Biodiversity and Traditional Knowledge: Equitable Partnerships in Practice. edited by Sarah A. Laird. Earthscan Publications Ltd., London; Sterling, Virginia, <www.earthscan.co.uk>. 2002, paperback, v-xxxviii + 504 pp. ISBN 1-85383-698-2
The Commercial Use of Biodiversity: Access to Genetic Resources and Benefit-Sharing. by Kerry ten Kate and Sarah A. Laird. Earthscan Publications Ltd., London, UK, <www.earthscan.co.uk>. 1999, v-xvii + 398 pp., hardcover. ISBN 1-85383-334-7
These two books represent the state-of-the-art knowledge on the links between plants, people, cultures, products, profits, and ethics. Any company, scientist, herbalist, consumer, lawyer, government official, or curious person who wishes to learn how to work with local communities, traditional knowledge, and government agencies will find that these books provide information, case studies, and a wealth of detailed information. In fact, when the Convention on Biological Diversity (CBD) marks its 10-year anniversary in Johannesburg, South Africa (called Rio + 10) this September, these books should be provided to every official delegate.
These books will be of increasing importance to any and all companies that create new plant-based products as well as to ethically minded consumers who use botanical medicines, dietary supplements, and many plant-based health and beauty aids. They could also serve as core texts for a wide variety of high school and college-level courses on phytomedicines, globalization, ethics, product development, anthropology, ethnobotany, and international law.
Just recently published, Biodiversity and Traditional Knowledge is a spectacular contribution from the People and Plants Conservation Series, a collaboration of the World Wildlife Fund (WWF), the Kew Royal Botanic Gardens, and the United Nations Educational, Scientific and Cultural Organization (UNESCO). This edited volume contains 21 case studies from 16 countries. The case studies examine fascinating relationships in such diverse countries as Fiji, Norway, South Africa, Costa Rica, Cameroon, Uganda, Panama, and many others.
The authors and contributors, all 75 of them, are leaders in their fields of expertise. They bring a broad range of backgrounds to this complex topic, including law, ethnobotany, conservation and environmental sciences, and the perspective of local communities. This book also provides an invaluable directory of useful contacts and resources, including national government access and benefit-sharing contacts in Brazil, Ecuador, India, Costa Rica, Fiji, and eight other countries. It lists the websites of inter-governmental organizations, selected NGOs, research institutes, and organizations that work on biodiversity research and prospecting issues, as well as contact information for indigenous people's organizations in many parts of the planet.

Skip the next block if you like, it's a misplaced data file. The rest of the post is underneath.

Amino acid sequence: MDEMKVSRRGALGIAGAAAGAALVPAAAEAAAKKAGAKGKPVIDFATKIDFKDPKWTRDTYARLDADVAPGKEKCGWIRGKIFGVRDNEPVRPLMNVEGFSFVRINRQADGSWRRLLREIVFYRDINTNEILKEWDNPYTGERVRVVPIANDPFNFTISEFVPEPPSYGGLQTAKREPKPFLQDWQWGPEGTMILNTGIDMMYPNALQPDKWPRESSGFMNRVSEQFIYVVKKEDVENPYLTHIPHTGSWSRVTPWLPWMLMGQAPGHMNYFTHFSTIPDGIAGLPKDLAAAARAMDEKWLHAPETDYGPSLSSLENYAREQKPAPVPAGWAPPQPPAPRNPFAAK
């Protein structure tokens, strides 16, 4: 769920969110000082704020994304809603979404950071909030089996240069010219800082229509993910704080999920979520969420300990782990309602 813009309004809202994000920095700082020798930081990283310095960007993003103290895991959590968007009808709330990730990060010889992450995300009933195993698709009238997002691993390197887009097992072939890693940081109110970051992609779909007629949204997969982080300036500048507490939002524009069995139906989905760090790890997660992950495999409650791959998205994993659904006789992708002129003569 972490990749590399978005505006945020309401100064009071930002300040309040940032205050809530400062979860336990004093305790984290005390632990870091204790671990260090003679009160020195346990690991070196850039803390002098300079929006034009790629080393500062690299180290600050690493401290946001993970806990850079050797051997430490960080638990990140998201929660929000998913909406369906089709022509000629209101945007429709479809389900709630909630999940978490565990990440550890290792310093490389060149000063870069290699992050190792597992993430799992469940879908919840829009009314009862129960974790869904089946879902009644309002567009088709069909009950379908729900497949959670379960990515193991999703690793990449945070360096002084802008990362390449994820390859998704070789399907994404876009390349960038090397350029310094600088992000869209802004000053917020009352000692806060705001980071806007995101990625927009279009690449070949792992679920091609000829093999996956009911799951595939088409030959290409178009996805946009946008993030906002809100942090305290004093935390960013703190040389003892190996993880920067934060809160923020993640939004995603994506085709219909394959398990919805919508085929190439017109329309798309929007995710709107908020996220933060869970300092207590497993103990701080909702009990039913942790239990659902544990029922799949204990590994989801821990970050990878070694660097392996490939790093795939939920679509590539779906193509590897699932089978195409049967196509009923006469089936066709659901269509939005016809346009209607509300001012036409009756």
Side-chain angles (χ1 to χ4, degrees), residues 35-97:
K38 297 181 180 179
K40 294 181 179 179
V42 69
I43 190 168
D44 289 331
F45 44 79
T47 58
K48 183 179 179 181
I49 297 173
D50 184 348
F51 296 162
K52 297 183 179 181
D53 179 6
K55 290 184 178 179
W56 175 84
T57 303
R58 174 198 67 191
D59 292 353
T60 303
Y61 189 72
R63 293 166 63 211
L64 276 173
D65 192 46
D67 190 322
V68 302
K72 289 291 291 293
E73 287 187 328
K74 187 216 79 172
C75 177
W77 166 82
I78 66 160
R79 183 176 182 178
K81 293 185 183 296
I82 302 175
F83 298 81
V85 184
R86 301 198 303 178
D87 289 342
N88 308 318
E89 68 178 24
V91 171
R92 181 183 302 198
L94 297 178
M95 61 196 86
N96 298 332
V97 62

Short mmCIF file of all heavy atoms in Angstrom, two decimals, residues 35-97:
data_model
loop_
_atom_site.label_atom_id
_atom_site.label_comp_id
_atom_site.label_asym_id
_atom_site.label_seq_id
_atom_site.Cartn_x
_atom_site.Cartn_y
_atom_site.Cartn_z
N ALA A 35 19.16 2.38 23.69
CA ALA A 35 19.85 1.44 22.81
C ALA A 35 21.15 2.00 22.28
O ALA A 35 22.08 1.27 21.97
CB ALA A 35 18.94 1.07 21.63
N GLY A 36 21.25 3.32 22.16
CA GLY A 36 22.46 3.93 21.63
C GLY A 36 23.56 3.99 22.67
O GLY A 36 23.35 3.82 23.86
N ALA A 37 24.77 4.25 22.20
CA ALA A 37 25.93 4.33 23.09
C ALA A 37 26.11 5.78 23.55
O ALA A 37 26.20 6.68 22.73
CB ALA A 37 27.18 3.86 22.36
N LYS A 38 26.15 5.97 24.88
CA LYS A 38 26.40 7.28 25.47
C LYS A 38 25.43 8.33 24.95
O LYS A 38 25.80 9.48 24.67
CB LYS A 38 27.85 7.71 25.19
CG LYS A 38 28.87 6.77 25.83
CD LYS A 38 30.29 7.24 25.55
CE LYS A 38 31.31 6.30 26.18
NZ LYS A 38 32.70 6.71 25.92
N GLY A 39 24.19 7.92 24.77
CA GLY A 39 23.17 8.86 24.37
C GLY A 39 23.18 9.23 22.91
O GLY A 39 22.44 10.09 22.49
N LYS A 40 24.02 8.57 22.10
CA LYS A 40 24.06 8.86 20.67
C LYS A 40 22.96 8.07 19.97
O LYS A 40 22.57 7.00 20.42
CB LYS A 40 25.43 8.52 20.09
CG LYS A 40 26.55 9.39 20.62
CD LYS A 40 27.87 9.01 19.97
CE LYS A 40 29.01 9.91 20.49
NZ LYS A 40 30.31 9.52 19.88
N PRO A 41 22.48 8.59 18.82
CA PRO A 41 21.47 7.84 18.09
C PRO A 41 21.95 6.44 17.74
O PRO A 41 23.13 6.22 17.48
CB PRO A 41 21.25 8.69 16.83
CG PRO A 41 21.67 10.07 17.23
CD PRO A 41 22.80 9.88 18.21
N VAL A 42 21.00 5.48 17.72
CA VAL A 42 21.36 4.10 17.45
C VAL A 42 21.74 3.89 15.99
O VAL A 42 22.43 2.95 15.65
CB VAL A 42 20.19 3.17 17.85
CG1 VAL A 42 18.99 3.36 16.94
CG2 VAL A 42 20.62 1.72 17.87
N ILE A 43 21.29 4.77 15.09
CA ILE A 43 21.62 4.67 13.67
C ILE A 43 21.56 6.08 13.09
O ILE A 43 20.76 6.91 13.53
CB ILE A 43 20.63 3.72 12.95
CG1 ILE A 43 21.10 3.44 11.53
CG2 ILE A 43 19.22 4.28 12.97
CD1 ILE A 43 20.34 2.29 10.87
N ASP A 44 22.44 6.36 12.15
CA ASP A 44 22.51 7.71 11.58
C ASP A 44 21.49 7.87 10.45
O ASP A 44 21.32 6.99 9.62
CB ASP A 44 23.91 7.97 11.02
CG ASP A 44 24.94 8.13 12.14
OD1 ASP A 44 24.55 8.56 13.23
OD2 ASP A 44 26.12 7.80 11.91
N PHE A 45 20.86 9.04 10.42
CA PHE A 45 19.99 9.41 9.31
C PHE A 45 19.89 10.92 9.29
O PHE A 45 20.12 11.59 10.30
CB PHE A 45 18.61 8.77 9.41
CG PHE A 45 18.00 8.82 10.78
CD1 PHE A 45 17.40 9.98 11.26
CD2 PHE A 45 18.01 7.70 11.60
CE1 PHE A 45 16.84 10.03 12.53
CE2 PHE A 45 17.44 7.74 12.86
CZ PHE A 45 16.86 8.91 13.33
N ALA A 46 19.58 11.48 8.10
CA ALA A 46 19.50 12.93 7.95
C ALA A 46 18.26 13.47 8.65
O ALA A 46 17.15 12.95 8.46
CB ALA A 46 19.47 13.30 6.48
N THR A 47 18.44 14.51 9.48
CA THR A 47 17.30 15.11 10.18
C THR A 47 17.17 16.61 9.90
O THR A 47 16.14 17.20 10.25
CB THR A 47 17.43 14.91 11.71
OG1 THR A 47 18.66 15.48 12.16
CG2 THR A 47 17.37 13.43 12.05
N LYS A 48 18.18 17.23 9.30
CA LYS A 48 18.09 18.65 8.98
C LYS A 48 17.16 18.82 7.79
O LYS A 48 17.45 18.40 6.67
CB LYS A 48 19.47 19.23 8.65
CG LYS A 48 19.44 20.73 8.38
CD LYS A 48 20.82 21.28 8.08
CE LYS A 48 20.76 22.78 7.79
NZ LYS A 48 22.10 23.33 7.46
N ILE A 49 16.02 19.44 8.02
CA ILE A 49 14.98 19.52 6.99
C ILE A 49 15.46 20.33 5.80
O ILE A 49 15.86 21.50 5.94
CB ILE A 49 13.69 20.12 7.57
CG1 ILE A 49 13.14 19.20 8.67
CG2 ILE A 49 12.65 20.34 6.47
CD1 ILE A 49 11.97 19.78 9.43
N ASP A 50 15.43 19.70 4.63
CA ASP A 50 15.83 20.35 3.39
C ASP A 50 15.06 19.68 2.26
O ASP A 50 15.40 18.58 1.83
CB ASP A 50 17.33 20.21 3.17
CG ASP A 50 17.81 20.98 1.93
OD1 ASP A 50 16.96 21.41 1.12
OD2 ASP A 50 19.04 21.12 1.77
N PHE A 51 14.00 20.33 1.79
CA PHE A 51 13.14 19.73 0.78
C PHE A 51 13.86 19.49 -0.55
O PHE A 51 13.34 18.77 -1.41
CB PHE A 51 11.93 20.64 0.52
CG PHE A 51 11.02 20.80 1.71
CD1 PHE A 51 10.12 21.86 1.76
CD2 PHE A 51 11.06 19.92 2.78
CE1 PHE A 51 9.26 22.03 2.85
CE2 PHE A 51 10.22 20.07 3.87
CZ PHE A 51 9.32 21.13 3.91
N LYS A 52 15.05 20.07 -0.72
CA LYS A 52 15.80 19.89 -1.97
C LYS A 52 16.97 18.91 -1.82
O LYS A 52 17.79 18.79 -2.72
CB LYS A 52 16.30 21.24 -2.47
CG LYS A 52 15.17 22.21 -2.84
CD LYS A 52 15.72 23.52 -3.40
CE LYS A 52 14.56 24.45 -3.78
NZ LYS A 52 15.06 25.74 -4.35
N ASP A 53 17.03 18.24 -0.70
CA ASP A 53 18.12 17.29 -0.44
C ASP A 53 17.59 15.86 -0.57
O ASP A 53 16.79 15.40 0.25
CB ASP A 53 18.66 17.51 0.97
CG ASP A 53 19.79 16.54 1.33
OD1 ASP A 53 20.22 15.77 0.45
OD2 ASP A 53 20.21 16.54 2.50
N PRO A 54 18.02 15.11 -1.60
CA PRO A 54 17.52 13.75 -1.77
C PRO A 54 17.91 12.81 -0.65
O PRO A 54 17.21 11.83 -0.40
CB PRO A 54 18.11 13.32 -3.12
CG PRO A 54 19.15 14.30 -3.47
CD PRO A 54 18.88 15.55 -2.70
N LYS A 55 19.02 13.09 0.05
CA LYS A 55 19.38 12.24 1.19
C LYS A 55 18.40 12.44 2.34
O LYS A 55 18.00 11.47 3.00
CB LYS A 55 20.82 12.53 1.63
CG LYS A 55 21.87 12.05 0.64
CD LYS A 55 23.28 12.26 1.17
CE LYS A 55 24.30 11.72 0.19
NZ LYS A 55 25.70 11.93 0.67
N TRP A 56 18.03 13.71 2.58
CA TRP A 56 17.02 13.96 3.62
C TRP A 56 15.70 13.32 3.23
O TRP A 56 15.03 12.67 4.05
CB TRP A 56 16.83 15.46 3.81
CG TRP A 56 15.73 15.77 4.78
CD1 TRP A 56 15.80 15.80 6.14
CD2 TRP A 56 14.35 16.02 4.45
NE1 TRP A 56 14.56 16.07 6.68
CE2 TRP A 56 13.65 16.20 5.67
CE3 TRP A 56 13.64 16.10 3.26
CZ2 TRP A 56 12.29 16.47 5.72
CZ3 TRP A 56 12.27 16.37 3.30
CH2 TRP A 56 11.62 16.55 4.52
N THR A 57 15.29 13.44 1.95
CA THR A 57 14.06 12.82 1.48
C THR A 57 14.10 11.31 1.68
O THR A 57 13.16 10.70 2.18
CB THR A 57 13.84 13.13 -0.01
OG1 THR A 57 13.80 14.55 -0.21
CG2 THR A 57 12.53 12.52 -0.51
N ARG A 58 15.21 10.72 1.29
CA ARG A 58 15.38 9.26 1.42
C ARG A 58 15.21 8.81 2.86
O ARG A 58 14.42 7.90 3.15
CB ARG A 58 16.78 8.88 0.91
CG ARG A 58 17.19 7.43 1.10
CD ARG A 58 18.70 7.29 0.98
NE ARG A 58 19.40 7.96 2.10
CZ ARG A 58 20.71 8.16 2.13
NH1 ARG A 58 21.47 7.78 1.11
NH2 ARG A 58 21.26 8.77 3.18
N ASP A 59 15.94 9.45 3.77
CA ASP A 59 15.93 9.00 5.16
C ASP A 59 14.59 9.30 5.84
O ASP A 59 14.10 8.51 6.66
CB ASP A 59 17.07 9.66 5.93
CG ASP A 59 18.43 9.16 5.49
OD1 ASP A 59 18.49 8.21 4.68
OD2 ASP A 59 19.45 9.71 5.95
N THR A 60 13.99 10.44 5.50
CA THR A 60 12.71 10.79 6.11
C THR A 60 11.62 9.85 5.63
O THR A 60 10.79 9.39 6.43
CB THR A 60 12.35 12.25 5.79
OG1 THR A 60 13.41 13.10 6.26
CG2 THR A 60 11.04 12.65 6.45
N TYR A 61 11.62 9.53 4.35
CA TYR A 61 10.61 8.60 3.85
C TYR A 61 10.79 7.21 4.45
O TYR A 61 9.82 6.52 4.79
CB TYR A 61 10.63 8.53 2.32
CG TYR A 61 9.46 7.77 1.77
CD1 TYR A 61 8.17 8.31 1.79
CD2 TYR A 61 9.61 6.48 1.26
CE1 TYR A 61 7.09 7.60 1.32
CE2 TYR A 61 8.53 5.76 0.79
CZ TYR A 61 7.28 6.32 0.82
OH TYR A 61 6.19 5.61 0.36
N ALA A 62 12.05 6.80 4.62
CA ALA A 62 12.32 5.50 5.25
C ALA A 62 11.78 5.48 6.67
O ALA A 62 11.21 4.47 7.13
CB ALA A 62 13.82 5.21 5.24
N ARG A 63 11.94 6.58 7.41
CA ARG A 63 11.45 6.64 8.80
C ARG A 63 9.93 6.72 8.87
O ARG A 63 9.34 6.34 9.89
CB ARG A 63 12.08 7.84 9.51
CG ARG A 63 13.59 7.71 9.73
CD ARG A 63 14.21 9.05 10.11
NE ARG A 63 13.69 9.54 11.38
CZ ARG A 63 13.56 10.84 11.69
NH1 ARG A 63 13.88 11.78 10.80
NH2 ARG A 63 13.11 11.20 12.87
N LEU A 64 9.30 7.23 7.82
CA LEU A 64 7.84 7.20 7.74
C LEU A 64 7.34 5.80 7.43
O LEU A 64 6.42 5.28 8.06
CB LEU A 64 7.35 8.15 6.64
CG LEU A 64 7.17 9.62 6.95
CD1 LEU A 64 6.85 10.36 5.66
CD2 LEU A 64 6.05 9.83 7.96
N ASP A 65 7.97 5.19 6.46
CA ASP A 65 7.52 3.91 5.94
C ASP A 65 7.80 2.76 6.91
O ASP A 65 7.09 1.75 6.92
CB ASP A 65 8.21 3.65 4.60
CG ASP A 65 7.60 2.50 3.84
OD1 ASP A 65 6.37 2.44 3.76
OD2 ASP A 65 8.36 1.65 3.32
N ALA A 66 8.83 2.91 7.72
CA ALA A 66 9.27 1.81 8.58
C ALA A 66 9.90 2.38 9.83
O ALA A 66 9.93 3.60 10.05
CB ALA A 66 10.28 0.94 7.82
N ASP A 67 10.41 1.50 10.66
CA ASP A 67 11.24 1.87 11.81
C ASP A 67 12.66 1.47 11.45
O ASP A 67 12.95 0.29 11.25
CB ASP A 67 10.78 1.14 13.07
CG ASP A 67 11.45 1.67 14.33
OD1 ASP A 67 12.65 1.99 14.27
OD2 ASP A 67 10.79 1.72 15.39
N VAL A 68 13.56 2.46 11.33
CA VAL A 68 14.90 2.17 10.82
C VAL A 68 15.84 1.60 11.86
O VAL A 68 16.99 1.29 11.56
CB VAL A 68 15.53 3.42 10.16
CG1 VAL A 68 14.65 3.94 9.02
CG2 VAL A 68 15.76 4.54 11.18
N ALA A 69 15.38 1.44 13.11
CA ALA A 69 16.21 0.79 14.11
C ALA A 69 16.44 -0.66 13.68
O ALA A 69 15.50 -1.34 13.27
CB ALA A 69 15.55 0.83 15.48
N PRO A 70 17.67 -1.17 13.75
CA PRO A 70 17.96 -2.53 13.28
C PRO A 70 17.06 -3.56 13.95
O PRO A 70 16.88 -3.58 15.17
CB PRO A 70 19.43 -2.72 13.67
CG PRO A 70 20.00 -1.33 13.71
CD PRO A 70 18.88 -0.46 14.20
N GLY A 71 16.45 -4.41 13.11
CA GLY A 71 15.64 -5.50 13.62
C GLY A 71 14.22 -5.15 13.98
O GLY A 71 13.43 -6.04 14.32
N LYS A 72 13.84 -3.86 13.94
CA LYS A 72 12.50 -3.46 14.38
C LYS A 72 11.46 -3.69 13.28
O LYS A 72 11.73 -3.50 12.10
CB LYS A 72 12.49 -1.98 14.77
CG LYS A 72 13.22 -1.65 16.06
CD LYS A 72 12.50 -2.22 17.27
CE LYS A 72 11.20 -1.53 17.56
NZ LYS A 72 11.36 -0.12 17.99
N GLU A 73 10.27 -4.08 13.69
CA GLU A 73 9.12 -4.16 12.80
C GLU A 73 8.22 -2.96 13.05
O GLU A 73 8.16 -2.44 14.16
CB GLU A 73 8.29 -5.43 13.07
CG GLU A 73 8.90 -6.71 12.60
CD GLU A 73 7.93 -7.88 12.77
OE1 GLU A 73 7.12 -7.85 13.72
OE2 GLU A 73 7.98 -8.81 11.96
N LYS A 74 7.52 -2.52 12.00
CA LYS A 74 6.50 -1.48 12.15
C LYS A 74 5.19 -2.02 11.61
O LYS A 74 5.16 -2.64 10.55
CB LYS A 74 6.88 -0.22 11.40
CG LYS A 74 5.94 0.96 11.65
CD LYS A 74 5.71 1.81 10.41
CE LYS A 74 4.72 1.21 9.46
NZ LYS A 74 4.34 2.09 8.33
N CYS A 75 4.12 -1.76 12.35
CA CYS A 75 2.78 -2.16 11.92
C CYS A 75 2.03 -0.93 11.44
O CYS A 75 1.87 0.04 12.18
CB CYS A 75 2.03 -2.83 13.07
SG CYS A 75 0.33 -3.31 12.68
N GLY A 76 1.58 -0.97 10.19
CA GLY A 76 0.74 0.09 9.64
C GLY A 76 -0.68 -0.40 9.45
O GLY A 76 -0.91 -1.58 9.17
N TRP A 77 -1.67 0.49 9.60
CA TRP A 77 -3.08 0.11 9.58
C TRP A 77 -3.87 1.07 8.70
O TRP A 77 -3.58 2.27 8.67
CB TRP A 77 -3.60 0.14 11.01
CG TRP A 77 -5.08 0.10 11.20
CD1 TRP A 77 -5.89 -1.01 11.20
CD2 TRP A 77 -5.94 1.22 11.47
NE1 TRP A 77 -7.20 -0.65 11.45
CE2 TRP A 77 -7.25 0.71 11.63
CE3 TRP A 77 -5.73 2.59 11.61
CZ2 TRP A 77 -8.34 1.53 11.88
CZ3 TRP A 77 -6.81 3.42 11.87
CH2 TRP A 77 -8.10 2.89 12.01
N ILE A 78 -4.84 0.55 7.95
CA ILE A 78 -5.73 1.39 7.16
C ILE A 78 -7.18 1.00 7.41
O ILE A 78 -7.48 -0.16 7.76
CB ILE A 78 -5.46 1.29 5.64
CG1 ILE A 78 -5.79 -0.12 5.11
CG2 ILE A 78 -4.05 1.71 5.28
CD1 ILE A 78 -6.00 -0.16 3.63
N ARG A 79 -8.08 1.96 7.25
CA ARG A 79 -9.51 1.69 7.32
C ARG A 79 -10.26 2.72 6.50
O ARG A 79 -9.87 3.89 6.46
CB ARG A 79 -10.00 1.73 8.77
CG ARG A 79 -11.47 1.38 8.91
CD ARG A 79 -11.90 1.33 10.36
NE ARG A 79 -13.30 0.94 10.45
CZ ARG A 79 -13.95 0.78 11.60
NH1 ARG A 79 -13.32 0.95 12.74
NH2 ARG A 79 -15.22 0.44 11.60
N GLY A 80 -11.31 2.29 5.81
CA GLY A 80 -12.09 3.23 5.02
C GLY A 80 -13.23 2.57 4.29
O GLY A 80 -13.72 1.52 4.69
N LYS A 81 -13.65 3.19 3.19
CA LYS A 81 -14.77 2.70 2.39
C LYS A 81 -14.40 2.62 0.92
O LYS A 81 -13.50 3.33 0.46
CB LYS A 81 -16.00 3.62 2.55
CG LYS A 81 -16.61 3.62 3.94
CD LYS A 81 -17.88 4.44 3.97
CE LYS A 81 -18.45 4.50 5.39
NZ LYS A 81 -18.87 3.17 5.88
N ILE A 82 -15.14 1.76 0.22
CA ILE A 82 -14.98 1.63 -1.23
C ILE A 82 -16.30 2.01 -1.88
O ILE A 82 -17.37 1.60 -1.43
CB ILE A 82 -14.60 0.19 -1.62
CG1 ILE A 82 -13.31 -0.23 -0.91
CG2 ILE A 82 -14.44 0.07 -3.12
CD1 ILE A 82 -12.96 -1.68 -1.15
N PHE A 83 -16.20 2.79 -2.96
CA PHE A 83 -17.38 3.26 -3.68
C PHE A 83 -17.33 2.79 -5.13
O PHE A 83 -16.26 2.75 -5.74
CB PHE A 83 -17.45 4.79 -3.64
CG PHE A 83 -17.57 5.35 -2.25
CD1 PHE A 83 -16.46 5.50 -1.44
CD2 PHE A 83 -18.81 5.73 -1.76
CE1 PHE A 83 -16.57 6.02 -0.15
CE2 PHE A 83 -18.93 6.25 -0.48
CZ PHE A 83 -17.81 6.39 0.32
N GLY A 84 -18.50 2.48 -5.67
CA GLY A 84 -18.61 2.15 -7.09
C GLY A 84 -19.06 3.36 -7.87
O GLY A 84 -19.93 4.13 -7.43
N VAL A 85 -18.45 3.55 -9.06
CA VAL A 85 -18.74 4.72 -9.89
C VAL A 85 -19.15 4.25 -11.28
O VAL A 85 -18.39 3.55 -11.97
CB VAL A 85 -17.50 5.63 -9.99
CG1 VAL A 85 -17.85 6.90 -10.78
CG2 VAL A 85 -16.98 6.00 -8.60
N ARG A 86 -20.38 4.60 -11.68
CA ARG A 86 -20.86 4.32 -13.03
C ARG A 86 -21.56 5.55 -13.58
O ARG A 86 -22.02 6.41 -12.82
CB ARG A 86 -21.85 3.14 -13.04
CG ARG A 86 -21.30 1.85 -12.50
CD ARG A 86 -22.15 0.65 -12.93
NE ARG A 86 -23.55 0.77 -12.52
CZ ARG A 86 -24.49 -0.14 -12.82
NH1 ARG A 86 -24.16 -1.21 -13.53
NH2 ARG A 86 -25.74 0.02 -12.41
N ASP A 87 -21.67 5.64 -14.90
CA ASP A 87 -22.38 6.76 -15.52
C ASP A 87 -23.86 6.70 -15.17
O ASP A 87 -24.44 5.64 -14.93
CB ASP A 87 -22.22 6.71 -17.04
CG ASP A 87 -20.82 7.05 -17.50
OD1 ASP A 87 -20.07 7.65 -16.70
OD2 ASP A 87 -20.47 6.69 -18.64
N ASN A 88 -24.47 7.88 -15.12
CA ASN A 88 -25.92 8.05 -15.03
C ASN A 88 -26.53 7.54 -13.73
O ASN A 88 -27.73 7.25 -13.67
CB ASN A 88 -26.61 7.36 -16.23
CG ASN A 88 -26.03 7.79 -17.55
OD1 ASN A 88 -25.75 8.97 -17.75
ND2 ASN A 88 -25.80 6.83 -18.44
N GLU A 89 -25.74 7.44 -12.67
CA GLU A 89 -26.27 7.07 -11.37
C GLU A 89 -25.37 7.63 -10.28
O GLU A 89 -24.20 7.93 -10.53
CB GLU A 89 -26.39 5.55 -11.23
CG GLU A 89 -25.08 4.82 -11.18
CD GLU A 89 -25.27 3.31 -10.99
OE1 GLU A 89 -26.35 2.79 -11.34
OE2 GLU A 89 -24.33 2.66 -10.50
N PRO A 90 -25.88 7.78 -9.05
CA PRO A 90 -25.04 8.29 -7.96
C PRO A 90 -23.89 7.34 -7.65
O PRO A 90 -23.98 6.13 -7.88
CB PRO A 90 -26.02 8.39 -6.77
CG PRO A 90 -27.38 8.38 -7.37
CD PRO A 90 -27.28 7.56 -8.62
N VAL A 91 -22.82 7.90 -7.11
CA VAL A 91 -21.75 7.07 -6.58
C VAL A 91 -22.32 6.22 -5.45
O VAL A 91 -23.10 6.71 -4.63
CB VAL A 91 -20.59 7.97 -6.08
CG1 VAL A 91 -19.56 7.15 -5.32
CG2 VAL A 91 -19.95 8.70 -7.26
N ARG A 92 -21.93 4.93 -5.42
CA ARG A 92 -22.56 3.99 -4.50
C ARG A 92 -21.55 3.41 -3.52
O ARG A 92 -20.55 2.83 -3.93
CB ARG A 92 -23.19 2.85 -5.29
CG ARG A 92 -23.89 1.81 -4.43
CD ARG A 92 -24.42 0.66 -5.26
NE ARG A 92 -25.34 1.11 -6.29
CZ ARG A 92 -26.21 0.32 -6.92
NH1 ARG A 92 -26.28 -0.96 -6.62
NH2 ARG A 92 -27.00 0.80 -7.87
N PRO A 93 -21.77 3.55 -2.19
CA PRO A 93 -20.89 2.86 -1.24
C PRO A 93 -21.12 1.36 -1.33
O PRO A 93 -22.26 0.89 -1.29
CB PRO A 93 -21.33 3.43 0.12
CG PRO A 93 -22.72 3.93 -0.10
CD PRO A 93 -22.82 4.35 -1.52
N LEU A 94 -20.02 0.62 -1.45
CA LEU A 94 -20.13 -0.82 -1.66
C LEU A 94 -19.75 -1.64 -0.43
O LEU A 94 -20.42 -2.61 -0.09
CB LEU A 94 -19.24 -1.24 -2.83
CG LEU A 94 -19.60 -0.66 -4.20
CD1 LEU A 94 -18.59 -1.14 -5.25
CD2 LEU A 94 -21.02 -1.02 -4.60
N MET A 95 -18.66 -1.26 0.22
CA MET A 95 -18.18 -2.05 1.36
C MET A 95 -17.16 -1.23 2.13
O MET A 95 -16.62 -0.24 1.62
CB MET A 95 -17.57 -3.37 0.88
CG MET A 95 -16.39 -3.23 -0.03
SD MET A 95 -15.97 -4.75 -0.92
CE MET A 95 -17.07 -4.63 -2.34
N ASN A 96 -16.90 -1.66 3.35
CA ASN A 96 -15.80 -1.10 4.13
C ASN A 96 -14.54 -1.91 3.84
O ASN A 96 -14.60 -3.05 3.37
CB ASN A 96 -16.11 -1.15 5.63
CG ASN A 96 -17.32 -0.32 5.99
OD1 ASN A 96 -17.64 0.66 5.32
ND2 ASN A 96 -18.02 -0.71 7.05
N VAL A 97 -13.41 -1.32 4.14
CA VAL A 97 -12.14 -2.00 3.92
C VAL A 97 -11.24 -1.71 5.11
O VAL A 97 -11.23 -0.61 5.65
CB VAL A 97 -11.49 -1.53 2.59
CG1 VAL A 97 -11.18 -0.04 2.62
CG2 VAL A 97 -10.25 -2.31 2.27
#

The second book, The Commercial Use of Biodiversity, is the perfect companion volume to Biodiversity and Traditional Knowledge, and a very readable and engaging overview of access to genetic resources and benefit-sharing. Sections that focus on the botanical medicine industry, natural products for research, natural personal care and cosmetic industry, and horticulture will likely be of great interest to HerbalGram readers.
This book also provides numerous fascinating case studies. One of the most interesting and germane to natural products companies focuses on the marketing of a "public domain" plant species, annatto (Bixa orellana L., Bixaceae), a well-known source of red dye from the Amazon basin. The case study describes the relationship created by the Aveda Corporation with the indigenous Yawanana people in Brazil, detailing the entire process that Aveda has undertaken to work with these people, beginning in 1993. It is highly instructive to see the step-by-step evolution of such a project undertaken by a socially responsible company.
Another case study that I found of great interest discusses the development of a benefit-sharing partnership in Vietnam that focuses on a "new" species of Vietnamese ginseng (Panax vietnamensis Ha & Grushv., Araliaceae), which was not yet in international commerce.
Both of these books illuminate the how, who, where, and why of creating and maintaining equitable partnerships with local communities, national governments, and regional scientists while developing new products for a variety of marketplaces. These books build an excellent foundation in the fast-changing world of international ethics and benefit sharing. The next time you read a label, or hear a person or a company describe the ethical and socially responsible way that they have created a new product by working with the wisdom of indigenous cultures, you will be able to differentiate the short-term hustler from the more committed company or person.
Both of these books clearly show the links between the conservation of ecosystems, the needs of local communities, and the influence of the market economy. In this age of demonized globalization and events like 9/11, we all need to strive to create a more equitable, sharing, and collaborative business environment. My thanks to these authors for shining the light on how to do so in our complex and ever-changing multi-cultural universe.